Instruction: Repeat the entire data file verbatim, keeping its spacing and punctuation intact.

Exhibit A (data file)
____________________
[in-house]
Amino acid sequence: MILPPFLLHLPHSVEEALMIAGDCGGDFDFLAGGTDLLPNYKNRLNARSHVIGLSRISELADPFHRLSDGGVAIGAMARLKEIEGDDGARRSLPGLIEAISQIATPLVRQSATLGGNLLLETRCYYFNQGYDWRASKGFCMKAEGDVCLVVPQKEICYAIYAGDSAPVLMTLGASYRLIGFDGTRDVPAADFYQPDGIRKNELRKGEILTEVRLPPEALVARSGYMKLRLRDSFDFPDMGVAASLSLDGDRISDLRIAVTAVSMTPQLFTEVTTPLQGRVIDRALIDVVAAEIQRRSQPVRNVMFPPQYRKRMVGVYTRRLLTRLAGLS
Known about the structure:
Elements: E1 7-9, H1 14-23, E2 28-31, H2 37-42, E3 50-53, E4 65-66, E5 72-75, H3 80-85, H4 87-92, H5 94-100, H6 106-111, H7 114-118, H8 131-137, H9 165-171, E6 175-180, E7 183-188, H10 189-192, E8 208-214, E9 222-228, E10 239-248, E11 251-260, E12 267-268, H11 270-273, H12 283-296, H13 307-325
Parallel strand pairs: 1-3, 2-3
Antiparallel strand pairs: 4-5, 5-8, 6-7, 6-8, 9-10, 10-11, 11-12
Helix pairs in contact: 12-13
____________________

[in-house]
Amino acid sequence: MILPPFLLHLPHSVEEALMIAGDCGGDFDFLAGGTDLLPNYKNRLNARSHVIGLSRISELADPFHRLSDGGVAIGAMARLKEIEGDDGARRSLPGLIEAISQIATPLVRQSATLGGNLLLETRCYYFNQGYDWRASKGFCMKAEGDVCLVVPQKEICYAIYAGDSAPVLMTLGASYRLIGFDGTRDVPAADFYQPDGIRKNELRKGEILTEVRLPPEALVARSGYMKLRLRDSFDFPDMGVAASLSLDGDRISDLRIAVTAVSMTPQLFTEVTTPLQGRVIDRALIDVVAAEIQRRSQPVRNVMFPPQYRKRMVGVYTRRLLTRLAGLS
Known about the structure:
Elements: E1 7-9, H1 14-23, E2 28-31, H2 37-42, E3 50-53, E4 65-66, E5 72-75, H3 80-85, H4 87-92, H5 94-100, H6 106-111, H7 114-118, H8 131-137, H9 165-171, E6 175-180, E7 183-188, H10 189-192, E8 208-214, E9 222-228, E10 239-248, E11 251-260, E12 267-268, H11 270-273, H12 283-296, H13 307-325
Parallel strand pairs: 1-3, 2-3
Antiparallel strand pairs: 4-5, 5-8, 6-7, 6-8, 9-10, 10-11, 11-12
Helix pairs in contact: 12-13